Abstract MP48: Ascertainment of Newly-Diagnosed Atrial Fibrillation Using Cohort Follow up Versus Centers for Medicare and Medicaid Services Data in the Atherosclerosis Risk in Communities Study
Background: Increasingly, administrative data are being used for epidemiologic studies to identify atrial fibrillation (AF) patients. Despite data indicating that administrative data could be a promising source for identifying AF patients, the ability to identify incident AF is not well understood. We examined the concordance of incident AF diagnosis based on Centers for Medicare and Medicaid Services (CMS) data and cohort follow up in the Atherosclerosis Risk in Communities (ARIC) study.
Methods: ARIC cohort participants enrolled in fee-for-service (FFS) Medicare, both Parts A and B, for at least 12 continuous months between January 1, 1991, and December 31, 2009, were eligible for inclusion. Individuals with diagnosed AF before January 1, 1992, were excluded. Additionally, AF diagnoses occurring simultaneously with cardiac surgery, without a subsequent AF diagnosis, were excluded. In the ARIC cohort follow up, incident cases of AF were ascertained through hospital discharge codes and death certificates (ICD-9 code 427.3x; ICD-10 code I48). Using MedPAR and outpatient CMS claims, incident AF was defined as an AF discharge diagnosis (ICD-9 code 427.3x; ICD-10 code I48), in any position, on a single inpatient or two outpatient claims within 7 [[Unable to Display Character: –]] 365 days. Secondary CMS definitions were restricted to only inpatient and only outpatient claims criteria. Concordance of events between ARIC and CMS were assessed with a kappa (κ) statistic and percent agreement.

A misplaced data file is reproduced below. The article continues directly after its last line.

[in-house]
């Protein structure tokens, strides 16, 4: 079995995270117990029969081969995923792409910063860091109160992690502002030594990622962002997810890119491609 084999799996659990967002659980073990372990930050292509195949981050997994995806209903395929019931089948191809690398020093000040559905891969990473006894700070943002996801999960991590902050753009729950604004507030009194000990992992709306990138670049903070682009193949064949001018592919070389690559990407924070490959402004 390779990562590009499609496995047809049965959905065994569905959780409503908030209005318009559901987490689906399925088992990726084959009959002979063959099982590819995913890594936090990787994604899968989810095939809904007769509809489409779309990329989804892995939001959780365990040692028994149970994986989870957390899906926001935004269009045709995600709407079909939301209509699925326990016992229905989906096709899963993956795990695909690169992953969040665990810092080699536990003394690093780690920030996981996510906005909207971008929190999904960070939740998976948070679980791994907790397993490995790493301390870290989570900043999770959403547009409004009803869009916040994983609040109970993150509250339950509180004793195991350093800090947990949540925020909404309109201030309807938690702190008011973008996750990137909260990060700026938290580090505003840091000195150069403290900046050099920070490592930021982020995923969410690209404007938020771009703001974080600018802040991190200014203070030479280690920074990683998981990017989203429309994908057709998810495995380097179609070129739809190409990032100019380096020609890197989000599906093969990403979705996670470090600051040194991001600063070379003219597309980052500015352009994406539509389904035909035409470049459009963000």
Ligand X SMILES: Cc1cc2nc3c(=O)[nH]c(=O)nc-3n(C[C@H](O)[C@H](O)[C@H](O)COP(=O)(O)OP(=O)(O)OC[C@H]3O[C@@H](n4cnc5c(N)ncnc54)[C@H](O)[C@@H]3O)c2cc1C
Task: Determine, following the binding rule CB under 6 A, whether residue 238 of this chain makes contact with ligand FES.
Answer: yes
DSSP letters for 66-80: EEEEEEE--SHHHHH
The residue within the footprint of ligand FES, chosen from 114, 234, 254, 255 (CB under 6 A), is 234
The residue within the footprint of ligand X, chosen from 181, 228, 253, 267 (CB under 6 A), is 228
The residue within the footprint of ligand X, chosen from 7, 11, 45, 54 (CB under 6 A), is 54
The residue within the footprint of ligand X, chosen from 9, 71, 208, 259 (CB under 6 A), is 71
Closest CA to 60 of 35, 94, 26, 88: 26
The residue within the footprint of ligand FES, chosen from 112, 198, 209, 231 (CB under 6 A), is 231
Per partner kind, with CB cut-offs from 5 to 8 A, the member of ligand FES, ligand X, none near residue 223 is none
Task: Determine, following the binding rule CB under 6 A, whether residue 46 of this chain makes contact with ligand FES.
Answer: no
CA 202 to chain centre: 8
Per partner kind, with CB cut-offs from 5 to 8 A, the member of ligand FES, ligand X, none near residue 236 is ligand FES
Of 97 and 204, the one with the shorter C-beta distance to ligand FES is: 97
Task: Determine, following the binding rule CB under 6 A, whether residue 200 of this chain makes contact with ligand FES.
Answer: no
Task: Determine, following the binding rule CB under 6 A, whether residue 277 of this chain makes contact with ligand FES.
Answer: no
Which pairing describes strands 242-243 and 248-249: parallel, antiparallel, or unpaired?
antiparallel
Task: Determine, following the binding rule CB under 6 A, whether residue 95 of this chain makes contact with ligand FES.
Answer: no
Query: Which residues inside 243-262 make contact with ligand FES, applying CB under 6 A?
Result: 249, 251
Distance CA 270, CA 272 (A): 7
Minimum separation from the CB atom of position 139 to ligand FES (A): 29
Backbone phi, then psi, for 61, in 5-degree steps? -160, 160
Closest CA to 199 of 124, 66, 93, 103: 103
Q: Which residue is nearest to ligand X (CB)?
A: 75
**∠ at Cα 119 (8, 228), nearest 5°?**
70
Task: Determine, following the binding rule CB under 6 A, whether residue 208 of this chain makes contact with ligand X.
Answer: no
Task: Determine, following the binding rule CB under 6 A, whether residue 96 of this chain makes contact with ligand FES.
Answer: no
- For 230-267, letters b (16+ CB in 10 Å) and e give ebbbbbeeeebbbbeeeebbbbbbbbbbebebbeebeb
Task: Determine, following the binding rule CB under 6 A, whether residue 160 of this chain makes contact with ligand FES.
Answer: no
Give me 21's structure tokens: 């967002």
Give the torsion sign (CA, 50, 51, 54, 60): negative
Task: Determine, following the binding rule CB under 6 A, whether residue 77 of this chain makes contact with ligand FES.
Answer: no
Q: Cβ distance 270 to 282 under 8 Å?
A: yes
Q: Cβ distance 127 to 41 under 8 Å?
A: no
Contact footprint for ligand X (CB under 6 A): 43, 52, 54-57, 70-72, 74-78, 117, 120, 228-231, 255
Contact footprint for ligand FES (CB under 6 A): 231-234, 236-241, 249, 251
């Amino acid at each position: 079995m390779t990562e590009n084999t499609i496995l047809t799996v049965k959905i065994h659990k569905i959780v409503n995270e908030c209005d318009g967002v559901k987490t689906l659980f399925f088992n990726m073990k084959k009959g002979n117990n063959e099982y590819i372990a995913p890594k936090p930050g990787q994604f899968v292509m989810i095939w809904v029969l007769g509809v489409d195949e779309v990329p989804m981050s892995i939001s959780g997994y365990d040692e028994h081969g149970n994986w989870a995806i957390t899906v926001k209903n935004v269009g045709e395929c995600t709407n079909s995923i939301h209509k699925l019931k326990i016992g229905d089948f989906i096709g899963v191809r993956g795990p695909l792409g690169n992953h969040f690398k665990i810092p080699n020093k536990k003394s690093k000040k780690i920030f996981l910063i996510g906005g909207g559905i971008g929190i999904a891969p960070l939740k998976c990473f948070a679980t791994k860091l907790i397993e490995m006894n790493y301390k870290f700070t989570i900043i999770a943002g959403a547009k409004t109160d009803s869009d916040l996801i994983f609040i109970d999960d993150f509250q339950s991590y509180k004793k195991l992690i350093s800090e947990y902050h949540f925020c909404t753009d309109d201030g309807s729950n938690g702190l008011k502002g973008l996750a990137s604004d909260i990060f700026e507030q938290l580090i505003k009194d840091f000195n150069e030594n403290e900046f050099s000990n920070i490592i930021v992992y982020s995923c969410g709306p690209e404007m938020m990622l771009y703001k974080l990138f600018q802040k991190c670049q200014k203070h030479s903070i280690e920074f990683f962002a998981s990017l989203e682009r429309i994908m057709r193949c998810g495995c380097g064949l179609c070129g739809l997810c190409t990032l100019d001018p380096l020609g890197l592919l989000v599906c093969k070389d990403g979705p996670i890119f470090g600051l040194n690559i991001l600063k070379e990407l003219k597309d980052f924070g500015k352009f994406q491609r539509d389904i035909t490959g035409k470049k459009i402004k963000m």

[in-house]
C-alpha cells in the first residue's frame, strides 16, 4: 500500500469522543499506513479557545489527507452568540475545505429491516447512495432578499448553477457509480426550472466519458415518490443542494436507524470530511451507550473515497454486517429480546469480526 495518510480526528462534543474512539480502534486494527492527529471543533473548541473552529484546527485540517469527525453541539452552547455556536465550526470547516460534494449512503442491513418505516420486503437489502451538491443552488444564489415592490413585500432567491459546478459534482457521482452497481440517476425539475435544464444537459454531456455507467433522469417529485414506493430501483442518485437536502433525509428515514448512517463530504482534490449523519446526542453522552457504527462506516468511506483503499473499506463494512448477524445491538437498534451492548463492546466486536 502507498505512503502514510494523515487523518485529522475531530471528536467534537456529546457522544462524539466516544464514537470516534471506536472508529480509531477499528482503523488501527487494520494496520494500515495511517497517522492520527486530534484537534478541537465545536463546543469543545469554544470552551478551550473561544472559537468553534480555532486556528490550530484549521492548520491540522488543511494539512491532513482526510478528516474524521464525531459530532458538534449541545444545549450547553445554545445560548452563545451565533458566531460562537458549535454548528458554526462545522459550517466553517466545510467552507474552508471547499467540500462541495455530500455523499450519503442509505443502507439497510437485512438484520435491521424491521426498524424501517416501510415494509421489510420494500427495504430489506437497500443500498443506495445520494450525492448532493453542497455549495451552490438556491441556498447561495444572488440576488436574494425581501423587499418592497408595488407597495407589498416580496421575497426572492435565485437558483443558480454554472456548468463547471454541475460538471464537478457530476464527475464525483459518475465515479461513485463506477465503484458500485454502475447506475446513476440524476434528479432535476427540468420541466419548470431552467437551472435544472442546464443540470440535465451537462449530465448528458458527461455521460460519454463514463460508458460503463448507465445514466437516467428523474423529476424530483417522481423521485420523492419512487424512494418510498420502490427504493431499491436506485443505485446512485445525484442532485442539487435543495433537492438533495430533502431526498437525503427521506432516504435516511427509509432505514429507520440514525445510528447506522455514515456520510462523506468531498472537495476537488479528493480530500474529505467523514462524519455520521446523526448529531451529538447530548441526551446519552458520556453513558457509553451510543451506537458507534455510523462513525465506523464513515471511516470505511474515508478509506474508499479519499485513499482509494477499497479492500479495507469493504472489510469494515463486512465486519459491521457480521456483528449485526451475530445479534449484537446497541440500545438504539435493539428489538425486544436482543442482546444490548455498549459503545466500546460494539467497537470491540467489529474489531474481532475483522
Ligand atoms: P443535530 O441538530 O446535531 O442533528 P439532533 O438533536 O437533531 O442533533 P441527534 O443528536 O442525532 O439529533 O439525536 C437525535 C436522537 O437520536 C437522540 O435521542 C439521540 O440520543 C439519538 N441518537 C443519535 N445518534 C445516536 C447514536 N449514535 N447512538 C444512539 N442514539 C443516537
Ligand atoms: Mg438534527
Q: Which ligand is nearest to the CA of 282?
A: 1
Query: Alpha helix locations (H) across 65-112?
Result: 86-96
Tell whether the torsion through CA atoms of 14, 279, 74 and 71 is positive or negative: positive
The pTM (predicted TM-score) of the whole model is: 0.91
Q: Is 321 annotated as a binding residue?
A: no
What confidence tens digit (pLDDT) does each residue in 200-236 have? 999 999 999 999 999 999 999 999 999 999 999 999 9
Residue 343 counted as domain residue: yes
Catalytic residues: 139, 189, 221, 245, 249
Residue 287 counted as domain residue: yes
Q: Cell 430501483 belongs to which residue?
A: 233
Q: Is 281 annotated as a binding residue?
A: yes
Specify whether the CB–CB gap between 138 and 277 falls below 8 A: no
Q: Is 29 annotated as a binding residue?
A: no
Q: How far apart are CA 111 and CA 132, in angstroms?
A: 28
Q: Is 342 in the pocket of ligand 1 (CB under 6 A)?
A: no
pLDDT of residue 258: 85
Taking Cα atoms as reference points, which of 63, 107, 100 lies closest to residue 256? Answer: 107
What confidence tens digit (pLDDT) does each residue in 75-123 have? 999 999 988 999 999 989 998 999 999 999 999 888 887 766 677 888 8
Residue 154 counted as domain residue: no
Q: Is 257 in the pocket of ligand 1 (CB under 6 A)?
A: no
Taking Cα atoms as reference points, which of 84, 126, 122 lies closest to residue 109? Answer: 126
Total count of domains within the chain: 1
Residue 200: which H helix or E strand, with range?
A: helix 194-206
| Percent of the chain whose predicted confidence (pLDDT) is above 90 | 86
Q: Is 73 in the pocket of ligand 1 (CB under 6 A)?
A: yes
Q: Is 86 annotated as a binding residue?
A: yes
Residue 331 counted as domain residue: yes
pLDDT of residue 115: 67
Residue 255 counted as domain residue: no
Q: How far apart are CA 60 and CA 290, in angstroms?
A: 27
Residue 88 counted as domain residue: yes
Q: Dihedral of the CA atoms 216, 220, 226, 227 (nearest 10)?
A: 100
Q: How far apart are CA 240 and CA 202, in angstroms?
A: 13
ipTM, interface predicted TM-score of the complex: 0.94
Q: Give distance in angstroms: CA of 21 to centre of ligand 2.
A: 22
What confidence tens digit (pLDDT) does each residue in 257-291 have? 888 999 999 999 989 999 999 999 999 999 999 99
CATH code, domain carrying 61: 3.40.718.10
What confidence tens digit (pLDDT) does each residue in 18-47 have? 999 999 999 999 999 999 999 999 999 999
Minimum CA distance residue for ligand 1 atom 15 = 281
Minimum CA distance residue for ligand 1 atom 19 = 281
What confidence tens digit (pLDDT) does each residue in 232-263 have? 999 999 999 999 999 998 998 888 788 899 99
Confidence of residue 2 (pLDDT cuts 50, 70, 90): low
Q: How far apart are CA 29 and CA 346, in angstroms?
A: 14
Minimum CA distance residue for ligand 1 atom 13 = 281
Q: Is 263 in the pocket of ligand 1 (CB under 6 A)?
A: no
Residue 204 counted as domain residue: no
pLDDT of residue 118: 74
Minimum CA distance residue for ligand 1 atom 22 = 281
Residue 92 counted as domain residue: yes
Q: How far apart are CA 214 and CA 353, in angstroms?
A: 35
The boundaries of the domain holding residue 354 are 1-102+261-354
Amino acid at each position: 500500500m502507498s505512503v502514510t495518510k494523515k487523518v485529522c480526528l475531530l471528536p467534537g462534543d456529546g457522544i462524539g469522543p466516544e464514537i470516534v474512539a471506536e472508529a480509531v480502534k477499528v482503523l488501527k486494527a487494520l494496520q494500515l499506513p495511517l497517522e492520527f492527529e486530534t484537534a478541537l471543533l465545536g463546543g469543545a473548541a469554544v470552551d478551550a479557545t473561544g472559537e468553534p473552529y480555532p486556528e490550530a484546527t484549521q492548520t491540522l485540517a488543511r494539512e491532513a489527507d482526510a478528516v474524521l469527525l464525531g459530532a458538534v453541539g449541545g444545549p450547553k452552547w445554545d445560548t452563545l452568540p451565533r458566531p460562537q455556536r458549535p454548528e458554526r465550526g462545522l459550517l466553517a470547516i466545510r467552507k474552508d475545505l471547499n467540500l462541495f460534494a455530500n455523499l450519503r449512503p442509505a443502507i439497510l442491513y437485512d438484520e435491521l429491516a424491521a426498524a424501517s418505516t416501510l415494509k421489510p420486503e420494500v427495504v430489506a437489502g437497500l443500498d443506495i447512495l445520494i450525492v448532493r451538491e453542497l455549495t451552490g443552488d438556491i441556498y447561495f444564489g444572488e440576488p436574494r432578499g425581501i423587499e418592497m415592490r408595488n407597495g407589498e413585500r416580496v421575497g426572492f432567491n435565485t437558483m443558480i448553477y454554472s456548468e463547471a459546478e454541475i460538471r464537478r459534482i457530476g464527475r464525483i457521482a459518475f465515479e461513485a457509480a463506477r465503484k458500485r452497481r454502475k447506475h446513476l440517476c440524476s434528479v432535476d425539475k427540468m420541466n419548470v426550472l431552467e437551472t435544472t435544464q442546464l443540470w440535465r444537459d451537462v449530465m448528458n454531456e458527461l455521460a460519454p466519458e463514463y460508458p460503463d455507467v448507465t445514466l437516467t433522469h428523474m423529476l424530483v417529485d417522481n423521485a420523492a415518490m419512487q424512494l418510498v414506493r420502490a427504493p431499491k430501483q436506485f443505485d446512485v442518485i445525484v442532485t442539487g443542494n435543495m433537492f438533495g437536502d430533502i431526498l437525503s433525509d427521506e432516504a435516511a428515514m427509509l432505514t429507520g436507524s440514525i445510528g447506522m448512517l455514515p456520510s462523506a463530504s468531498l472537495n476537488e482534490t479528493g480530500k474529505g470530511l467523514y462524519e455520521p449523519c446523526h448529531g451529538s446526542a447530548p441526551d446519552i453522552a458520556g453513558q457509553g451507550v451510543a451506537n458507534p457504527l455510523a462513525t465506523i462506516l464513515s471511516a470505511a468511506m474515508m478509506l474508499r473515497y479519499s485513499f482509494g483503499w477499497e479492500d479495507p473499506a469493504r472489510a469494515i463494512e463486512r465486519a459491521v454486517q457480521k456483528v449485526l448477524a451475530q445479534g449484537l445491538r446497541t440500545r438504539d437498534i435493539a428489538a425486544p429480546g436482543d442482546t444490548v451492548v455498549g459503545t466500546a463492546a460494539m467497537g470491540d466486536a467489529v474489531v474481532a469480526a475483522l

Results: Of the 10,856 ARIC participants enrolled in FFS Medicare for at least 12 months, 778 developed AF according to both the ARIC and primary CMS definitions; an additional 87 and 634 incident cases were identified using only ARIC and CMS data, respectively. Overall agreement between the data sources was 93% and the κ statistic was 0.65 (Table). Agreement was better for inpatient CMS claims.
Conclusion: Concordance of incident inpatient AF between ARIC cohort follow up and CMS data is acceptable, though more AF cases were identified from CMS largely due to outpatient AF.
- © 2013 by American Heart Association, Inc.